As for the bedroom furniture, it's hers, let her have it...jmho...I left home at 17 and I can't imagine how I would have felt if my parents had said to me "you can't have your bedroom furniture it's ours.." I would have been devestated...and it would have put a thorn in our relationship...what matters is your daughter, not the furniture. Sorry hope that doesn't sound harsh, I"m just speaking as a mom..who has been there.(((((hugs))))
  13. dashcat

    dashcat Member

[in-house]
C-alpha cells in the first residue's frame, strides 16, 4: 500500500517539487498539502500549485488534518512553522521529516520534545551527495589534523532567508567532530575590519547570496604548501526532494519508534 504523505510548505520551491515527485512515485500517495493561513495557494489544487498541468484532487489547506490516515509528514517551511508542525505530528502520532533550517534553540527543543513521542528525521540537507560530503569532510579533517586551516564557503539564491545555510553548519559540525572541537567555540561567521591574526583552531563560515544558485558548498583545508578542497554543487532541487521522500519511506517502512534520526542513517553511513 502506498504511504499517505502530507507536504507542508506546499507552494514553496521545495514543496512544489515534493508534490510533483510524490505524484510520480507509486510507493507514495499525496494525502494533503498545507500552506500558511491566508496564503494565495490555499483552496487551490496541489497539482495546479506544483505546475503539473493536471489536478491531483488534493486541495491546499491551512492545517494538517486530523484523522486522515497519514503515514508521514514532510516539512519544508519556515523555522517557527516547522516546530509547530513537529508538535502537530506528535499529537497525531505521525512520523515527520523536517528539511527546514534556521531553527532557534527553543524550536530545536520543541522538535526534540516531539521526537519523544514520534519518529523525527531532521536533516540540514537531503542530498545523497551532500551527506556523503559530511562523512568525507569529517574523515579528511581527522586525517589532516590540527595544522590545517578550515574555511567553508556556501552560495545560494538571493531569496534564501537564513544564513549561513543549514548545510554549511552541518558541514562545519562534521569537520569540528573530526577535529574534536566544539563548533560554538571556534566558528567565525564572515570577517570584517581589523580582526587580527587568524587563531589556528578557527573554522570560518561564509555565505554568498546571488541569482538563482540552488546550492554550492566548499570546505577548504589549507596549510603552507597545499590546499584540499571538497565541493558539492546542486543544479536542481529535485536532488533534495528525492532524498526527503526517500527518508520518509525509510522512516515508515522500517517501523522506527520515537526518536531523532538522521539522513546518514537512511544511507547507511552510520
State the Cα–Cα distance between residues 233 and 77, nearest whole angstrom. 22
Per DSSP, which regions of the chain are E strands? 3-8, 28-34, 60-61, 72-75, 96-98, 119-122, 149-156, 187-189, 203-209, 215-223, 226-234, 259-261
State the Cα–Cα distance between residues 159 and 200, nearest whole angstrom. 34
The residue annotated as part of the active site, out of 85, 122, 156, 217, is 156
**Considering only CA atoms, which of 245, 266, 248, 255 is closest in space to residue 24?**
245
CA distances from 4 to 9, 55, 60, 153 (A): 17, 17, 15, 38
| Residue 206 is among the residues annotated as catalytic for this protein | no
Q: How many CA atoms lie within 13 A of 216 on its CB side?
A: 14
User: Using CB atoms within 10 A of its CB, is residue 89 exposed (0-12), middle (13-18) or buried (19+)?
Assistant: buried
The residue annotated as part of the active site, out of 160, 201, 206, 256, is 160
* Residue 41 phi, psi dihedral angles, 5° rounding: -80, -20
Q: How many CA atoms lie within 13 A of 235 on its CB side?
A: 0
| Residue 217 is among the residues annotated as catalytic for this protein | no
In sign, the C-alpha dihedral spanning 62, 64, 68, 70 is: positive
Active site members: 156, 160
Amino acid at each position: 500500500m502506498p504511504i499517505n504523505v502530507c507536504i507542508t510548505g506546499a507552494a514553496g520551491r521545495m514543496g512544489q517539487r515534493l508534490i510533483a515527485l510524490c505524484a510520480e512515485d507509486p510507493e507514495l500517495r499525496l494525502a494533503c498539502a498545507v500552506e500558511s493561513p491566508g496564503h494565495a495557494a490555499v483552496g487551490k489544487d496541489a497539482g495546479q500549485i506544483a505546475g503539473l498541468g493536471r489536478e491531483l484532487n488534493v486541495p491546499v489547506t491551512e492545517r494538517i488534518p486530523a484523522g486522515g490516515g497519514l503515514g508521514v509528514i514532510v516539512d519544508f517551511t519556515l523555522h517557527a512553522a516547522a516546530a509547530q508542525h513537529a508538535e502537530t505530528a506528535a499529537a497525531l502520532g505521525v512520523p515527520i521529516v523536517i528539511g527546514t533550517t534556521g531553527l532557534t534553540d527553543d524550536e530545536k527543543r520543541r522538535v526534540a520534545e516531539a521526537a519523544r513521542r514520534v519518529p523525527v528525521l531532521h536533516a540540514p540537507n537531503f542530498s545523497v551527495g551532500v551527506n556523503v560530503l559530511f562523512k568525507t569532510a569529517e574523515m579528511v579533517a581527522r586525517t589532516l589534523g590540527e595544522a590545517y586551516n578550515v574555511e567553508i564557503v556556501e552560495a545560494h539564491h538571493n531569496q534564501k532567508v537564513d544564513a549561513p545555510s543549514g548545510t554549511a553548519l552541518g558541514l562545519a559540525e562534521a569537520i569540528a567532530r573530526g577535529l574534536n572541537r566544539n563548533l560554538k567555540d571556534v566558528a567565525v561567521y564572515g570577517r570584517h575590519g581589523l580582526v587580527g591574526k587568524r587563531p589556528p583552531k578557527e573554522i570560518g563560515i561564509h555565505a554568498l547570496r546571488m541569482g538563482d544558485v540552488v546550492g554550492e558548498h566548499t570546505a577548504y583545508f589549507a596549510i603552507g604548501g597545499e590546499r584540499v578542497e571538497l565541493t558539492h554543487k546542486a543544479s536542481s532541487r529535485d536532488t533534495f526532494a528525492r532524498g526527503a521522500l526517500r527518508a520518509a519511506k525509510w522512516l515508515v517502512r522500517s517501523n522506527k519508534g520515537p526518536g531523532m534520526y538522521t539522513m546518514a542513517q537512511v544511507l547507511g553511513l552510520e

Thanks, April. I'm so glad your daughter snapped out of it. You never know, that's for sure. And things are not perfect with her dad. I know she misses her home and I know she misses me sometimes. I hope she knows I'm always there fo her. I'm going to stand firm about the furniture, though. For one thing, DEX is angling for the mattress for HIMSELF. If he wants a Tempurdedic, he can buy one. When he left, my lifestyle changed drastically. His did not. I moved out at 19 and it would never have occurred to me to ask for any furniture ... even "my" bedroom set. My parents helped me ..and I'll help her to a degree. But, no, she's not taking something that valuable at this point in her life with the behavior she's exhibiting. Someday I will give it to her, but not now....and I sure as heck am not going to give it to DEX! m